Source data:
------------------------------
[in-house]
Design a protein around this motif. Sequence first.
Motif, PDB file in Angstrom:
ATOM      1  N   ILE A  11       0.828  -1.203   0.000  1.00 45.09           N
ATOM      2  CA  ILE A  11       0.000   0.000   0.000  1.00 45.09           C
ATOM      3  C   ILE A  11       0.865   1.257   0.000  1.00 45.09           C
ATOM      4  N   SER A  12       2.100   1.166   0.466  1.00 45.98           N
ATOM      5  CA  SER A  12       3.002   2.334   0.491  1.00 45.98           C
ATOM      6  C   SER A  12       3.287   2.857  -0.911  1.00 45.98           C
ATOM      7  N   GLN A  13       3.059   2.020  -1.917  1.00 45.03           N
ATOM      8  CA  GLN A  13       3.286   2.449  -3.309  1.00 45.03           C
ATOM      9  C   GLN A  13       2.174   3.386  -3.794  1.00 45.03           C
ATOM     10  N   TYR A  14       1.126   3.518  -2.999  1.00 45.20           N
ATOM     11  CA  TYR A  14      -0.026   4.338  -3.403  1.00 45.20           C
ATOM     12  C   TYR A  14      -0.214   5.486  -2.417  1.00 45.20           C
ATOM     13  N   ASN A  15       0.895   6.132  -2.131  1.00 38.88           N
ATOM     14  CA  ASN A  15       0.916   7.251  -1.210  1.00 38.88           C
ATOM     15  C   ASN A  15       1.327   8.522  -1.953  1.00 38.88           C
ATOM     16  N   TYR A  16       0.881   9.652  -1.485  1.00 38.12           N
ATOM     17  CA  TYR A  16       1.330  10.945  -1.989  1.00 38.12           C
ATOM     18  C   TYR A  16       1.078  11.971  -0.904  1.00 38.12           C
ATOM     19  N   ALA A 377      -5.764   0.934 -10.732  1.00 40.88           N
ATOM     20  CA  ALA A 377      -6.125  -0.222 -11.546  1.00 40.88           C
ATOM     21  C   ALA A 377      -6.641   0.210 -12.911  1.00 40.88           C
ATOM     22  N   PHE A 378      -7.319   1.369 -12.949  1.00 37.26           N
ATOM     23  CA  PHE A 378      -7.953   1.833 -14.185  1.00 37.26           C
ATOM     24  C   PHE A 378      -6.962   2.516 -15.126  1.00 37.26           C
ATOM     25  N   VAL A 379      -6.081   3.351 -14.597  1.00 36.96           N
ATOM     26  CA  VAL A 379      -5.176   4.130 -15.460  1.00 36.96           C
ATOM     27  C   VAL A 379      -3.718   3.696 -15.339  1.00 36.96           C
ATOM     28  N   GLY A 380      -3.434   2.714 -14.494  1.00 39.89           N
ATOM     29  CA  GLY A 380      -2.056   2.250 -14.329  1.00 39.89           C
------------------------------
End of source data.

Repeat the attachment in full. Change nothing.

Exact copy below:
[in-house]
Design a protein around this motif. Sequence first.
Motif, PDB file in Angstrom:
ATOM      1  N   ILE A  11       0.828  -1.203   0.000  1.00 45.09           N
ATOM      2  CA  ILE A  11       0.000   0.000   0.000  1.00 45.09           C
ATOM      3  C   ILE A  11       0.865   1.257   0.000  1.00 45.09           C
ATOM      4  N   SER A  12       2.100   1.166   0.466  1.00 45.98           N
ATOM      5  CA  SER A  12       3.002   2.334   0.491  1.00 45.98           C
ATOM      6  C   SER A  12       3.287   2.857  -0.911  1.00 45.98           C
ATOM      7  N   GLN A  13       3.059   2.020  -1.917  1.00 45.03           N
ATOM      8  CA  GLN A  13       3.286   2.449  -3.309  1.00 45.03           C
ATOM      9  C   GLN A  13       2.174   3.386  -3.794  1.00 45.03           C
ATOM     10  N   TYR A  14       1.126   3.518  -2.999  1.00 45.20           N
ATOM     11  CA  TYR A  14      -0.026   4.338  -3.403  1.00 45.20           C
ATOM     12  C   TYR A  14      -0.214   5.486  -2.417  1.00 45.20           C
ATOM     13  N   ASN A  15       0.895   6.132  -2.131  1.00 38.88           N
ATOM     14  CA  ASN A  15       0.916   7.251  -1.210  1.00 38.88           C
ATOM     15  C   ASN A  15       1.327   8.522  -1.953  1.00 38.88           C
ATOM     16  N   TYR A  16       0.881   9.652  -1.485  1.00 38.12           N
ATOM     17  CA  TYR A  16       1.330  10.945  -1.989  1.00 38.12           C
ATOM     18  C   TYR A  16       1.078  11.971  -0.904  1.00 38.12           C
ATOM     19  N   ALA A 377      -5.764   0.934 -10.732  1.00 40.88           N
ATOM     20  CA  ALA A 377      -6.125  -0.222 -11.546  1.00 40.88           C
ATOM     21  C   ALA A 377      -6.641   0.210 -12.911  1.00 40.88           C
ATOM     22  N   PHE A 378      -7.319   1.369 -12.949  1.00 37.26           N
ATOM     23  CA  PHE A 378      -7.953   1.833 -14.185  1.00 37.26           C
ATOM     24  C   PHE A 378      -6.962   2.516 -15.126  1.00 37.26           C
ATOM     25  N   VAL A 379      -6.081   3.351 -14.597  1.00 36.96           N
ATOM     26  CA  VAL A 379      -5.176   4.130 -15.460  1.00 36.96           C
ATOM     27  C   VAL A 379      -3.718   3.696 -15.339  1.00 36.96           C
ATOM     28  N   GLY A 380      -3.434   2.714 -14.494  1.00 39.89           N
ATOM     29  CA  GLY A 380      -2.056   2.250 -14.329  1.00 39.89           C